Presentation is loading. Please wait.

Presentation is loading. Please wait.

Presented by Paul Finster March 2, 2004

Similar presentations

Presentation on theme: "Presented by Paul Finster March 2, 2004"— Presentation transcript:

1 Presented by Paul Finster March 2, 2004
Digital Cable Technology Primer Courant Institute of Mathematics, NYU Computer Science Department Internet Programming, Spring 2004 Presented by Paul Finster March 2, 2004

2 What’s the big deal anyway?
Digital Set-top Box Deployment Projections DSTBs PS2 XBox Source: Morgan Stanley Presented by Paul Finster

3 Digital STBs Deployed (millions)
Top Cable MSOs 8M 4.7M 2.3M 1.5M 3M DBS Operators 10M 9M Satellite is winning the digital race today! But, cable operators have long-term advantages: Voice, VOD, ITV, HDTV, DVR Source: Bear Sterns Presented by Paul Finster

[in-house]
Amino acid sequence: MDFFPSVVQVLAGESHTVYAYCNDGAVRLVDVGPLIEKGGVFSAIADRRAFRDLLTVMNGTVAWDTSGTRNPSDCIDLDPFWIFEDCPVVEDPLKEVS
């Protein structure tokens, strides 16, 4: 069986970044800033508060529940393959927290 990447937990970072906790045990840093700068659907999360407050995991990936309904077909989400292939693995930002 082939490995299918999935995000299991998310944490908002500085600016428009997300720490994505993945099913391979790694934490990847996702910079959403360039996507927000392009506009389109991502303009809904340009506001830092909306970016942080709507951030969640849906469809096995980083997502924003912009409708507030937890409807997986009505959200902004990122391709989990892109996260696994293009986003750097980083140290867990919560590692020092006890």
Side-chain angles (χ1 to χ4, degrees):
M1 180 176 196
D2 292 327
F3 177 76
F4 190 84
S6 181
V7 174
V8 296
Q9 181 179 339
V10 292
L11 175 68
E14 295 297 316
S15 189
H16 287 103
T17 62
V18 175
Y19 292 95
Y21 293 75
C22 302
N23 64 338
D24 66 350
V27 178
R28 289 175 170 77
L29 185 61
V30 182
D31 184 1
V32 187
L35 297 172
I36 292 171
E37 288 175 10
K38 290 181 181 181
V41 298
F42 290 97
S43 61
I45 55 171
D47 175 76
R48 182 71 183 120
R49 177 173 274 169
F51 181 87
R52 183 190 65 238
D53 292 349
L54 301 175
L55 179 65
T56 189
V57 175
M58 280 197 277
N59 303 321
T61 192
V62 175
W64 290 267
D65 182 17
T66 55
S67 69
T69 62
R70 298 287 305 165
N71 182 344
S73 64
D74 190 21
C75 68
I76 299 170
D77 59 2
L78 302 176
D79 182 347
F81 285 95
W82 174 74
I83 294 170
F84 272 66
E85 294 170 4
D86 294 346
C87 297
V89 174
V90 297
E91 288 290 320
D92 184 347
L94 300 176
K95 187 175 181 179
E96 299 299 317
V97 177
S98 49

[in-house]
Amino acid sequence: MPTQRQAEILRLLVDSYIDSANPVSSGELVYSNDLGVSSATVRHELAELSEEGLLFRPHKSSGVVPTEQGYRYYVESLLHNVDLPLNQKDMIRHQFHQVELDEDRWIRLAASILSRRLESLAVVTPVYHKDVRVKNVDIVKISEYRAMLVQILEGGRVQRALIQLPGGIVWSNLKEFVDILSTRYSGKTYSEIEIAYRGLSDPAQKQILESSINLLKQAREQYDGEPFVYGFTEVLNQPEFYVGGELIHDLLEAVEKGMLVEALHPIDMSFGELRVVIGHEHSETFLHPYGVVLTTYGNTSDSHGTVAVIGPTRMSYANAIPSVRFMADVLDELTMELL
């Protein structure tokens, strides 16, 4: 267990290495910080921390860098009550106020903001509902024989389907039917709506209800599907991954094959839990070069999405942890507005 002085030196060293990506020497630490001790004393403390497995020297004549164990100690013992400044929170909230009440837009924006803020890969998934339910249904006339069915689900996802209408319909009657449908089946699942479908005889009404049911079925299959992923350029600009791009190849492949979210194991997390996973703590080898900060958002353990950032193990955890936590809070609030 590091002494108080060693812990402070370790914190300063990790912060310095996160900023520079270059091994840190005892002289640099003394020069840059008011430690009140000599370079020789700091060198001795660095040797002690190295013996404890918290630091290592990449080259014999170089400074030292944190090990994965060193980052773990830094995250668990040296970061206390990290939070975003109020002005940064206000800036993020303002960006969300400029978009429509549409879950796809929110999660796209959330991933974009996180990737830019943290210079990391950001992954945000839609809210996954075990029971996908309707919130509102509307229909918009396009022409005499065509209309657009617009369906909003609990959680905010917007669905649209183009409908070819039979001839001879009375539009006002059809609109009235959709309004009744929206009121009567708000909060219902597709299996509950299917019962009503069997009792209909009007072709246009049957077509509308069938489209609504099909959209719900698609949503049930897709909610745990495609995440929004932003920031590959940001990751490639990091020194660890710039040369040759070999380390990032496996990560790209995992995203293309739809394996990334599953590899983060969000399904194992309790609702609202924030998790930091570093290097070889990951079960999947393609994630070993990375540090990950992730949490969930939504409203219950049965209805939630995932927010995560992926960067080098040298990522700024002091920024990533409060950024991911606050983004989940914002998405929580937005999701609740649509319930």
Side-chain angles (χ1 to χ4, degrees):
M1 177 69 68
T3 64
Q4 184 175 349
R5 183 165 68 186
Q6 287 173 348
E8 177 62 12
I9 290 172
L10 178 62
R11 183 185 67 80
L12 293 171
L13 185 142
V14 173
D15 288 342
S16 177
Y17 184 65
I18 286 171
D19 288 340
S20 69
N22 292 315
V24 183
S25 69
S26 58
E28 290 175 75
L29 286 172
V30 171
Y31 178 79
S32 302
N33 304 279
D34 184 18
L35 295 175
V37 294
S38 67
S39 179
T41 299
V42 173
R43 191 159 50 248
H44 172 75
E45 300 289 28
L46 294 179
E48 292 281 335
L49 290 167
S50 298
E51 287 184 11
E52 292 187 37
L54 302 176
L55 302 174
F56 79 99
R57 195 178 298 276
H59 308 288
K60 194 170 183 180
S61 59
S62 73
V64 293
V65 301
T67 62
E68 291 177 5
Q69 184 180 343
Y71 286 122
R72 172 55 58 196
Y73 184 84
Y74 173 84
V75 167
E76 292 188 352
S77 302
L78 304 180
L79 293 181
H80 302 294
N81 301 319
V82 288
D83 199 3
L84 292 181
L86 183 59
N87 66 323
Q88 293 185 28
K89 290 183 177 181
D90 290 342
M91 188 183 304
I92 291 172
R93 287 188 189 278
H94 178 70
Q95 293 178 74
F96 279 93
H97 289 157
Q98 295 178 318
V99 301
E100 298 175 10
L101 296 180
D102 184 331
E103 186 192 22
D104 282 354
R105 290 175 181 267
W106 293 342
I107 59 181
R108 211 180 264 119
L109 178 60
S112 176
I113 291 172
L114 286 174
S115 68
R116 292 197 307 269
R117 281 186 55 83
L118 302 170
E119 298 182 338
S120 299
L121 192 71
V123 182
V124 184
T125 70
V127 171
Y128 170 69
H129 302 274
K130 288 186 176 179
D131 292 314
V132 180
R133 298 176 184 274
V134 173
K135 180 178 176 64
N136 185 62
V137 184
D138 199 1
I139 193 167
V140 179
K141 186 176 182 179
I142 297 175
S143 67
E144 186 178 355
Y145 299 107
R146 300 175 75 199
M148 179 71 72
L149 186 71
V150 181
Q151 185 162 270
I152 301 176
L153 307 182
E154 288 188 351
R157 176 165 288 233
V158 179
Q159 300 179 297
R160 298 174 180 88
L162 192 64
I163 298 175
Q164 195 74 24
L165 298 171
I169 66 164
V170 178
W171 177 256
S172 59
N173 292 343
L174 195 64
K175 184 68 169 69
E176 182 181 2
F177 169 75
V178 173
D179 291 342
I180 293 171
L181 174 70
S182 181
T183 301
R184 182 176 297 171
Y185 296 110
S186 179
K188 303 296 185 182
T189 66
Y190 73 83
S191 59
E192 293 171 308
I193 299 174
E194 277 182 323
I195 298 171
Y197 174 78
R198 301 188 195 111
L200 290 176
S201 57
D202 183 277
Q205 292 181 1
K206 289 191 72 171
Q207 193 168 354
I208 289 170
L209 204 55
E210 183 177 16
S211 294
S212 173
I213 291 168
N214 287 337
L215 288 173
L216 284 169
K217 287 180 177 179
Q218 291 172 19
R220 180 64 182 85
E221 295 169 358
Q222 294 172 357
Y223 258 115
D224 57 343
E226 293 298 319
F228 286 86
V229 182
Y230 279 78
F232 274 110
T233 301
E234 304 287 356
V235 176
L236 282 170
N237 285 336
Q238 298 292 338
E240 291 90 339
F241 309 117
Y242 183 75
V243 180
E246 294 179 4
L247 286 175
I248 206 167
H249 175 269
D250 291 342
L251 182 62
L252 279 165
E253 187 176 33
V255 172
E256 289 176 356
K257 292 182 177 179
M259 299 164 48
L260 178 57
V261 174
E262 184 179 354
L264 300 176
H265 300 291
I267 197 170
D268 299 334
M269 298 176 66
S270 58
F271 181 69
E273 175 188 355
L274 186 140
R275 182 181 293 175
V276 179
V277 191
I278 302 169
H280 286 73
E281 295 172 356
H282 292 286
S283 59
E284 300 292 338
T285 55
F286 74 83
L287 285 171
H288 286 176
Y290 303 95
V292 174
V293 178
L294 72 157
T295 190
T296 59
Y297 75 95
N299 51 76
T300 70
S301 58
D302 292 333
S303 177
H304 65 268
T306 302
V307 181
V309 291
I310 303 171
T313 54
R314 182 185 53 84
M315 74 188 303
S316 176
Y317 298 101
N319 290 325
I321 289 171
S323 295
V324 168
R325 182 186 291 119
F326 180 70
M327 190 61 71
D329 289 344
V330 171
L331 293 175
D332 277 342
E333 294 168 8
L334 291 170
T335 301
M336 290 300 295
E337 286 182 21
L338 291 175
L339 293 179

4 Presented by Paul Finster
Agenda (1 of 2) Introduction A History of Cable TV Cable Service Offerings Overview Cable Infrastructure HFC networks – transition from analog to digital Set-top-boxes – why a cable box anyway? Network layers Cable Services Video – Analog to Digital and beyond Data – Broadband and VoIP Middleware – Proprietary and Open Standards Presented by Paul Finster

5 Presented by Paul Finster
Agenda (2 of 2) Applications EPGs – resident applications Digital Video Recorders (DVRs/PVRs) VOD Interactive Portals Self-service provisioning is a money maker Games What’s next? Digital Terrestrial: free HDTV? TV over DSL: welcome telcos? Consumer Electronic Revolution? HD & DVR, OpenCable and CableCards Presented by Paul Finster

6 Presented by Paul Finster